The rains were at their worst from November to March. Everything stayed wet. The jungle floor, covered by huge rain forest trees, could not dry out. Mold and mildew devoured everything! It had 100% humidity all day, every day, and sometimes worse! Guadalcanal is also volcanic. It has a central spine of jagged peaks, covered with tropical rain forest, rising in places 8,000 feet above sea level. To the southwest the mountains slope fairly sharply to the coast. In contrast, on the northeastern side, the land is more open, even to the point of some wide plains, with numerous rivers and streams slicing it up.
These plains had been partially cleared for coconut plantations. What remained, or the larger part of the island was covered by huge trees, dense brush, and open spaces covered with kunai grass, at times reaching skyward to a height of seven feet. Calling it grass is a misnomer. The blades are thick and coarse, with cutting edges like a saw. It was definitely not the tropical paradise presented by Hollywood. If this were paradise, every Marine on it would prefer to live without enjoying that “pleasure!”
On disembarking onto the island, the first thing you would notice was the smell. No, not a smell, it was a gut-wrenching stench. Guadalcanal stank! Superabundant vegetation, quick to rot in the rich, hot, humidified sea air, turned to queasy slime beneath the thick canopy of trees that blocked out much of the sunlight. The odor was one of continual rot. The dank, rotting odor permeated everything on the island.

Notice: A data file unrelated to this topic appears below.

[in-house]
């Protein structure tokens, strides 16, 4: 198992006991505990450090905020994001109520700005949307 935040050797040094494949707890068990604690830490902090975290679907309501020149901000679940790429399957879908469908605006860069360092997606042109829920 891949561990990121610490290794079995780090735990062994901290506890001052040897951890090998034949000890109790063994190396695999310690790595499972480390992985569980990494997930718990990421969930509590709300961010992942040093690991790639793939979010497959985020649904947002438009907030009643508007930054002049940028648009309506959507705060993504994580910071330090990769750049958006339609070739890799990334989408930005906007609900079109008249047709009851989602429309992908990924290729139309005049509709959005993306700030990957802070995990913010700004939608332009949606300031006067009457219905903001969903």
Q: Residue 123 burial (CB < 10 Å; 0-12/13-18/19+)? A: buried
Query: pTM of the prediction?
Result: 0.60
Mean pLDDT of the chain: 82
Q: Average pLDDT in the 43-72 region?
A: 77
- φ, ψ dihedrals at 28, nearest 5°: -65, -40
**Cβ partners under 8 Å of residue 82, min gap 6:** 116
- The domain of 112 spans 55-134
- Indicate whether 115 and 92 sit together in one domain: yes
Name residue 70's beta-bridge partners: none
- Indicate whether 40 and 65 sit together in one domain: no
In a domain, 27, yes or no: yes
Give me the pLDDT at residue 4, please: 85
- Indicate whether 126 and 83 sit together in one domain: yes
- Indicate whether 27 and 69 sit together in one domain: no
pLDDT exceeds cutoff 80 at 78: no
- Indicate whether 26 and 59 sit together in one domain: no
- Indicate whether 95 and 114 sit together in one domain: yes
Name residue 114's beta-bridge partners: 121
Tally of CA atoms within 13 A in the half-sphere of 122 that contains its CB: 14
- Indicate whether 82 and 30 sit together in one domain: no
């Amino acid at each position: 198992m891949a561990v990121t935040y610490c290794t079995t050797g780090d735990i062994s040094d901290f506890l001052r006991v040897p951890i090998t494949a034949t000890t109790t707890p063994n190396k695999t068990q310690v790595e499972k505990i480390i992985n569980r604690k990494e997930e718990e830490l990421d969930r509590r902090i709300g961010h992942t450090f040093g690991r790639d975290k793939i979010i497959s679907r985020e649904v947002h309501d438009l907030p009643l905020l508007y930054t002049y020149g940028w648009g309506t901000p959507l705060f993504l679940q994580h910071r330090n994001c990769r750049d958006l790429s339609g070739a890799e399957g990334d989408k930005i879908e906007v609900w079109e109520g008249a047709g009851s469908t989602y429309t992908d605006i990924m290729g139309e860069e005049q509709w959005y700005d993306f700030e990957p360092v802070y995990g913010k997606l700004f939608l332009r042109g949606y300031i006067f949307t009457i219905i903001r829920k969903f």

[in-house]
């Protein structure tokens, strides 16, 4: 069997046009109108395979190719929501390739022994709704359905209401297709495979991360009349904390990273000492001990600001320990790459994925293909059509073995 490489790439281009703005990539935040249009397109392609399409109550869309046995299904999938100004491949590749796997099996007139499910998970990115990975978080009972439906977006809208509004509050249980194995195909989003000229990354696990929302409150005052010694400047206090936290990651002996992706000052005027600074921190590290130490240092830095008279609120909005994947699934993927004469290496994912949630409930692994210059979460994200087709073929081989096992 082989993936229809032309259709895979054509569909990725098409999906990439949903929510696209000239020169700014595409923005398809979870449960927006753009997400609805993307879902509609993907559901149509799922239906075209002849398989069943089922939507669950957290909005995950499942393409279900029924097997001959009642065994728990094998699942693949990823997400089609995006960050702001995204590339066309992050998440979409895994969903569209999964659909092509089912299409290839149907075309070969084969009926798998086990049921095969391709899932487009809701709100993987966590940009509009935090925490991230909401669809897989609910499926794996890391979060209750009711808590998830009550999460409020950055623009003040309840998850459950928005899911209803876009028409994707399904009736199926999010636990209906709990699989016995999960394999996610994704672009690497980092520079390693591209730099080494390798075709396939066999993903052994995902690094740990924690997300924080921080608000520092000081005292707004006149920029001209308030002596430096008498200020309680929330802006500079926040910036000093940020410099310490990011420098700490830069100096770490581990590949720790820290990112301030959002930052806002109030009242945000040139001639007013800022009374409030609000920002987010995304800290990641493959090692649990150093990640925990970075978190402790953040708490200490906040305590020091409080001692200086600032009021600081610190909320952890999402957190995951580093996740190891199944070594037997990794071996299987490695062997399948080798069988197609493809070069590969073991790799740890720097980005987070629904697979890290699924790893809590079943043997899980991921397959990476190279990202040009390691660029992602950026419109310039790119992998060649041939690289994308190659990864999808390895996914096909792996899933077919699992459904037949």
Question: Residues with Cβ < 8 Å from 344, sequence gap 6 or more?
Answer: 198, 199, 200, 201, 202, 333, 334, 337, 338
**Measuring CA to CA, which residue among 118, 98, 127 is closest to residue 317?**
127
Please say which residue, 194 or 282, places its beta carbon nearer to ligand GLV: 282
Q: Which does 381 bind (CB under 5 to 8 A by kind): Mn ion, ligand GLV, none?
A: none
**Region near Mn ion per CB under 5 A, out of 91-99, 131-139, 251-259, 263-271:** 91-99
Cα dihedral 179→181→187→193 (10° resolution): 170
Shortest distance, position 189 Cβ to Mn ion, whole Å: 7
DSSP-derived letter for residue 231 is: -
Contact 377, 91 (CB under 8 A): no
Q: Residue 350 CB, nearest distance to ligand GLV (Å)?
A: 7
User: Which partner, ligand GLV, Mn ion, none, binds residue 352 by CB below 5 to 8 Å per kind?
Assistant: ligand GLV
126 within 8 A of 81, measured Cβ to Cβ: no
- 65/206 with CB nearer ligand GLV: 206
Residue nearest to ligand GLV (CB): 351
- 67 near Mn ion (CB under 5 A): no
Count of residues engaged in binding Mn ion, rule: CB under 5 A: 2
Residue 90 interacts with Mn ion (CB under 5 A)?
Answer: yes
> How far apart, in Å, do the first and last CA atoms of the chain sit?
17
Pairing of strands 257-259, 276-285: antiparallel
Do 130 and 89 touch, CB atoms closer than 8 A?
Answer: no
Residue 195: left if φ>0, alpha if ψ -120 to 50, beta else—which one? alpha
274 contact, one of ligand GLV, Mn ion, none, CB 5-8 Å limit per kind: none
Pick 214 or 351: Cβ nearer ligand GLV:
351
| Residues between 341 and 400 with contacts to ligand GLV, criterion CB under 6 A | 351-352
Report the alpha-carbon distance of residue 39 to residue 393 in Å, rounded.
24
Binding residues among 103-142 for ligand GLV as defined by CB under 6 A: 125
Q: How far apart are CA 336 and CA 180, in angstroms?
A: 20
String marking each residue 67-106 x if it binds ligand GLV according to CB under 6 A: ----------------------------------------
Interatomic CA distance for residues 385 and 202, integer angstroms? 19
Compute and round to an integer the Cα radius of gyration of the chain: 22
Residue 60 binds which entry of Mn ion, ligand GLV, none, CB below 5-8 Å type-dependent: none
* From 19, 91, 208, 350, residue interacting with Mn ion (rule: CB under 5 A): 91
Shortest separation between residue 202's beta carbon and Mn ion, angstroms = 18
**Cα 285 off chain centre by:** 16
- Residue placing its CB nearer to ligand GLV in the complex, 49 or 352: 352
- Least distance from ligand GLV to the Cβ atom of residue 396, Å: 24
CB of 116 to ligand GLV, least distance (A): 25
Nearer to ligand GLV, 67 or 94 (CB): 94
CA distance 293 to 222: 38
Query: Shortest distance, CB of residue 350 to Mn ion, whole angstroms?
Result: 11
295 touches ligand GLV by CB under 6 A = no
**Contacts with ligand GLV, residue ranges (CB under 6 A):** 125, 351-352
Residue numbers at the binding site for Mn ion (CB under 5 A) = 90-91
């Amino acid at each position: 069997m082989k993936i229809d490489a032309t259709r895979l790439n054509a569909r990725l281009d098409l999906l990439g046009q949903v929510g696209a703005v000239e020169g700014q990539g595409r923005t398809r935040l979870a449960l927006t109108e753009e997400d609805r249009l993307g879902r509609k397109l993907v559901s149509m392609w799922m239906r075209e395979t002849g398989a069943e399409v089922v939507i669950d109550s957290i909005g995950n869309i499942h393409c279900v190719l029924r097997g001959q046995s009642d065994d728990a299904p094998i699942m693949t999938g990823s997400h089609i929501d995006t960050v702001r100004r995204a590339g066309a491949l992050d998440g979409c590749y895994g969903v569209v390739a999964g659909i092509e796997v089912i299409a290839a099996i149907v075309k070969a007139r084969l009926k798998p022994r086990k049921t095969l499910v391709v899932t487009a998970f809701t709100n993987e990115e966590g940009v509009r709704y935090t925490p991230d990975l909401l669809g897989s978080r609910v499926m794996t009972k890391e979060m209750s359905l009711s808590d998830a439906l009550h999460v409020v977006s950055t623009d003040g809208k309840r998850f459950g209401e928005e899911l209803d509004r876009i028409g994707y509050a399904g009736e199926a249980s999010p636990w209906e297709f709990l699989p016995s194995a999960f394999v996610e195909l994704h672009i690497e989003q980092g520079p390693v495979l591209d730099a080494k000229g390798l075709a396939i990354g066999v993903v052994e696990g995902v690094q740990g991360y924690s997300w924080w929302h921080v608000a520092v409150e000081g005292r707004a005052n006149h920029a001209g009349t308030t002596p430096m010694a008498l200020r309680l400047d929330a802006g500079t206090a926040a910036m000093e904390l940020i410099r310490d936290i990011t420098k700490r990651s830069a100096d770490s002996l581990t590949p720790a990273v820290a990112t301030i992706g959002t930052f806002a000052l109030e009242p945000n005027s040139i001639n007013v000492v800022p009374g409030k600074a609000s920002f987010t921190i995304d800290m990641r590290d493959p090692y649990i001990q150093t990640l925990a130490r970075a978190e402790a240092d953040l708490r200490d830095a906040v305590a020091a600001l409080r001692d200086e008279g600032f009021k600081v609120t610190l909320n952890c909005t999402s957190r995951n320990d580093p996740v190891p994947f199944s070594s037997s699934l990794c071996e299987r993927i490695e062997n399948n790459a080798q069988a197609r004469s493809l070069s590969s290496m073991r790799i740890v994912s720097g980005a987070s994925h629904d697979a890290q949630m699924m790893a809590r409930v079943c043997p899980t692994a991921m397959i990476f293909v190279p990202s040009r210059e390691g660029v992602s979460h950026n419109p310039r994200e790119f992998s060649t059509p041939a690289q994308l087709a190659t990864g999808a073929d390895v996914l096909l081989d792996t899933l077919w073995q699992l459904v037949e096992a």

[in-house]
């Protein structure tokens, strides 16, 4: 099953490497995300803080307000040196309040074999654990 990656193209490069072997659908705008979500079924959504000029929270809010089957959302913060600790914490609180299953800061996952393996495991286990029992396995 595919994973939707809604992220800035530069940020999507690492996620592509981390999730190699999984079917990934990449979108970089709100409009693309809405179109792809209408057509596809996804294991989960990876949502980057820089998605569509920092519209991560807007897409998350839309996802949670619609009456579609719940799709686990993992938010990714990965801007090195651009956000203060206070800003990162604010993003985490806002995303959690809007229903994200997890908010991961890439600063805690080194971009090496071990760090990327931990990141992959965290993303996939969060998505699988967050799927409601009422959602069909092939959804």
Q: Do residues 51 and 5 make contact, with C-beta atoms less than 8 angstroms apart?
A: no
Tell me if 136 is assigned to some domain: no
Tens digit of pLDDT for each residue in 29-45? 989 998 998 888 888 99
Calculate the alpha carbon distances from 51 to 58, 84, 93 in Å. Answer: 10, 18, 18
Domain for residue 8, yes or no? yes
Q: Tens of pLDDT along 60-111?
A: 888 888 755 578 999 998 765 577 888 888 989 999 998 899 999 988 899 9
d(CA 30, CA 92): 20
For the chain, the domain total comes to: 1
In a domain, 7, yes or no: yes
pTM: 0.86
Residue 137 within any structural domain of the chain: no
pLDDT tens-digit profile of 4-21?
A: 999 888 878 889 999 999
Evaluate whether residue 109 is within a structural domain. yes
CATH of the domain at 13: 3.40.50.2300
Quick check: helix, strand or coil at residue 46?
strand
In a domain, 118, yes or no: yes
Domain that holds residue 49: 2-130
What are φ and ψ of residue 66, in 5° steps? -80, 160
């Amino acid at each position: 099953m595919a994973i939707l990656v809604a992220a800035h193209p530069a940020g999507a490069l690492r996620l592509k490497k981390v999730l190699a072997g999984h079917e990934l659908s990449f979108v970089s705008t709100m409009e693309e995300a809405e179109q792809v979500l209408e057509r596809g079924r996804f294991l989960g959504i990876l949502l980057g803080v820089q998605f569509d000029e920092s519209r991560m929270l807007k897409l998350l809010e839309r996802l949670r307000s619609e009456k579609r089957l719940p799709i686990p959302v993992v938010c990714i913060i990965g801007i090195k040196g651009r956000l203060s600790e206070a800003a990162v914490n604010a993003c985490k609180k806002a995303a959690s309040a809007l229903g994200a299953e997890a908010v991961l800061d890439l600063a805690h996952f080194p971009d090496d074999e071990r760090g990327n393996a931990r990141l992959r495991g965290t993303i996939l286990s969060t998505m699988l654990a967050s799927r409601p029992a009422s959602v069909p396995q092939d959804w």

This atmosphere gave opportunity for the cultivation of every type of oniferous insect alive, including malarial mosquitoes and nameless bacteria. This continual dampness, cultivator of every type of creature to make a man’s life miserable, only added to human discomfort. The heat, under such humidified conditions, was almost unbearable. To men burdened with equipment, it was physically exhausting just to move in such weighted air. Instead of walking, one felt as though he were swimming.
The tropical jungle itself was alive, but resembled a malevolent beast, arrogant and cruel. Its foul breath was a hint of what lay within its bosom. This included serpents, crocodiles, and centipedes, which could crawl across the flesh in the night as one, slept fitfully, leaving a trail of swollen skin. Land crabs scuttled over the jungle floor in the night, sounding amazingly like an infiltrating Jap to a fearful ear.